Ditchling Barn and Green… A history

Part of Ditchling Village Green, facing east to St. Mary’s Church

The Green to the west of the Church and Graveyard was originally the farmyard for Ditchling Court Farm.  However, the Farm and its lands had been under threat of development since the sale of the Abergavenny Estate in 1939.  Pre-war development by Lord Cohen was averted by the 2nd World War, but had not gone away.

Court Farm, was essentially a Dairy Farm until 1957, but as with many farms in the area could also be classed a mixed farm as it had a range of animals, with arable land to sustain them.  Most of the properties in the lower part of Lodge Hill Lane were agricultural buildings:
Three Beams – Cart Lodge
White Barn/Court Cottage – Stables
Lodge Hill Cottage – tied cottage
I also understand there were a series of ponds to the west of Lodge Hill Lane itself.  Court House had been sold off earlier.

Post war there were numerous attempts to acquire the farm and develop what is now The Green, including new housing on the land between Ditchling and Keymer.  By 1962 development was imminent but for outrage from members of the village.  In early 1963 a sale in principle to trustees nominated by the Parish Council was tantalisingly close, but destined to fail.  The then owner renewed his efforts to develop the farmyard.

1964 brought renewed effort and a new resolve to save the farmyard with a “special meeting” of the Parish Council being held on 20th May 1964.  By 24th June 1964 an organisation known as “Friends of Ditchling” had been formed and details of the purchase outlined and for the ongoing maintenance of Ditchling Court Farmyard as The Green formulated.  The formal membership of the “Friends of Ditchling” society was established on 28th October 1964.  An informal meeting was held on Saturday 30th January 1965 to recognise the conveyance of the land to the Friends of Ditchling.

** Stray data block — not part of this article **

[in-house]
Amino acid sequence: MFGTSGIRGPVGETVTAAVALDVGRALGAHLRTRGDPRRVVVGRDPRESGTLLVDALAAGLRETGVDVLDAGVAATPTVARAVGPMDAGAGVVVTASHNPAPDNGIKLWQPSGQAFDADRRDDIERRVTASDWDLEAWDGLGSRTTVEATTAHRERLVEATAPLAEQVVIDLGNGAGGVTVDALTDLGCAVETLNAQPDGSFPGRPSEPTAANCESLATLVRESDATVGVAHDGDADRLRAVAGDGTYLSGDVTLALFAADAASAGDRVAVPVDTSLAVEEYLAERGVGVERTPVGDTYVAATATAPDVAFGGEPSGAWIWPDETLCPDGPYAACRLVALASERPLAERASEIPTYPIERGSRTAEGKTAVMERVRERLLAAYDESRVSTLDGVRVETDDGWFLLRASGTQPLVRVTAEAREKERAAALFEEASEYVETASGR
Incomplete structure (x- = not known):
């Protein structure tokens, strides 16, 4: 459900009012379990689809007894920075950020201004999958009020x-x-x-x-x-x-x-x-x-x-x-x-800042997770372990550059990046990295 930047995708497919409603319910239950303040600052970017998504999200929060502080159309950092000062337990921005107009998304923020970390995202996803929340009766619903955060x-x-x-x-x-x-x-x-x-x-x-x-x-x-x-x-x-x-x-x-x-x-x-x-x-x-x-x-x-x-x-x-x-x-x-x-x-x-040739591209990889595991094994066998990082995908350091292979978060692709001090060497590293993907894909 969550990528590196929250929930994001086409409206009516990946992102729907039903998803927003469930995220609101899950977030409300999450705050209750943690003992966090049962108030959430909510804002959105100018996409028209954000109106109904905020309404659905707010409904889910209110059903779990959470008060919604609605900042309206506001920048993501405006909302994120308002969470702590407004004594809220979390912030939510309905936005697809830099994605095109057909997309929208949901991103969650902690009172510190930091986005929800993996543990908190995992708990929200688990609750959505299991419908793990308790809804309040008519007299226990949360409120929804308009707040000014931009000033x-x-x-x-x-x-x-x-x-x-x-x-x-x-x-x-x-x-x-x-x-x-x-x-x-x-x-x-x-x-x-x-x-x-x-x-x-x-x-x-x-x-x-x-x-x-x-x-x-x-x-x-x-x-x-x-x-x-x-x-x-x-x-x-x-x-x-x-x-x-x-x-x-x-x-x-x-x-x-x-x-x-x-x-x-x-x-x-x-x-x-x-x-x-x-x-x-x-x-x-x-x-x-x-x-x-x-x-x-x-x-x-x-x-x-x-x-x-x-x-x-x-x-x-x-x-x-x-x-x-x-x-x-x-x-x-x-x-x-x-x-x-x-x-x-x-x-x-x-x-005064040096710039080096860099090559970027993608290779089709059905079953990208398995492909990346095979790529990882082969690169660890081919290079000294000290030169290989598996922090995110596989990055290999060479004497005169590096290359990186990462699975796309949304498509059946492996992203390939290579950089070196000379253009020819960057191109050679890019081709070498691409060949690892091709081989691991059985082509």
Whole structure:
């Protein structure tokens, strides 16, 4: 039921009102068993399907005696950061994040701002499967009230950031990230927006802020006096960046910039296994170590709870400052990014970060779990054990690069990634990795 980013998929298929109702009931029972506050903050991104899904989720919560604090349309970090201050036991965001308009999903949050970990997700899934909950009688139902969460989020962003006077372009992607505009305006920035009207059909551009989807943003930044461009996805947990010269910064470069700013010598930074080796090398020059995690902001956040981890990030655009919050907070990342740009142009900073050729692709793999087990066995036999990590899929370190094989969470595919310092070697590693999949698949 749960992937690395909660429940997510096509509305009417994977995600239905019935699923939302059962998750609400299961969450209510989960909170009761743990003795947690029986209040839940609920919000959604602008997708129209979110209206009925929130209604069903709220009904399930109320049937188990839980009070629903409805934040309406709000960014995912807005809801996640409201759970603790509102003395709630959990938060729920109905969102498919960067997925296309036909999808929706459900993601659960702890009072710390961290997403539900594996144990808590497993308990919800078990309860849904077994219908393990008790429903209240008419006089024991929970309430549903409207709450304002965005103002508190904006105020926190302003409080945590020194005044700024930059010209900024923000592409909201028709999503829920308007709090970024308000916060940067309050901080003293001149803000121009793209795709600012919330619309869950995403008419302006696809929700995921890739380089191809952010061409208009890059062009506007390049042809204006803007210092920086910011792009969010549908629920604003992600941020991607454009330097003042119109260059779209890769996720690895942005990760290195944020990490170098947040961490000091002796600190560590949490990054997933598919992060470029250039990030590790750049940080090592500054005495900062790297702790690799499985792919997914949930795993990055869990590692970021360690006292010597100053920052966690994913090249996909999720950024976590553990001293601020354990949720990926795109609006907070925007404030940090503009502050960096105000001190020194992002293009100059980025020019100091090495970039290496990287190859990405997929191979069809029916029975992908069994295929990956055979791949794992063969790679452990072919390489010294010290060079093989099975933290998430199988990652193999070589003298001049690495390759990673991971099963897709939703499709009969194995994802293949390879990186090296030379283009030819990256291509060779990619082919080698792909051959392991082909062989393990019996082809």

Over the following 2-3 years efforts were undertaken to landscape the farmyard to achieve:
“the maximum amount grassy area, the view to the west of the Church opened up, footpaths from the village should be linked to the Green, the single aisle cowshed, the cart lodge and the flint walls should be retained.”

The Barn and the Cart Lodge (now leased to The Ditchling Museum), and the sale of the “tithe” barn, of which the old foundations still remain adjacent to churchyard. (The tithe barn was dismantled and re-erected as the Corbet Theatre in Loughton, Essex).

The Friends of Ditchling is now a registered charity and a company limited by guarantee, with the sole aim to “preserve the area known as The Green as an open space, with access for all, free from commercial trade and signage”.  Thus, maintaining a rural open space as per the aims of the original benefactors.

Can I recommend you support the Ditchling History Project (ditchlinghistoryproject.org) who produce an excellent series of titles on the history of Ditchling.  The information above is largely sourced from their title Ditchling Village Green, which can be obtained from them, along with a number of other publications.

Please look around our website to find out about how to become a member of the Friends of Ditchling and/or how to hire The Barn and Sunken Garden, and thus support the Trustees in maintaining the Green for future generations.

Colin Marshall
(Chairman, Friends of Ditchling)

Aims & activities
The charity is responsible for the land and buildings known as “Ditchling Village Green”. A barn and the green are hired out for weddings and other events. The trustees then use the funds generated to maintain the facilities and make improvements to both the barn and green. The principle aim being to retain the area as a green space, with access for villagers to use.

Charity no. 1114124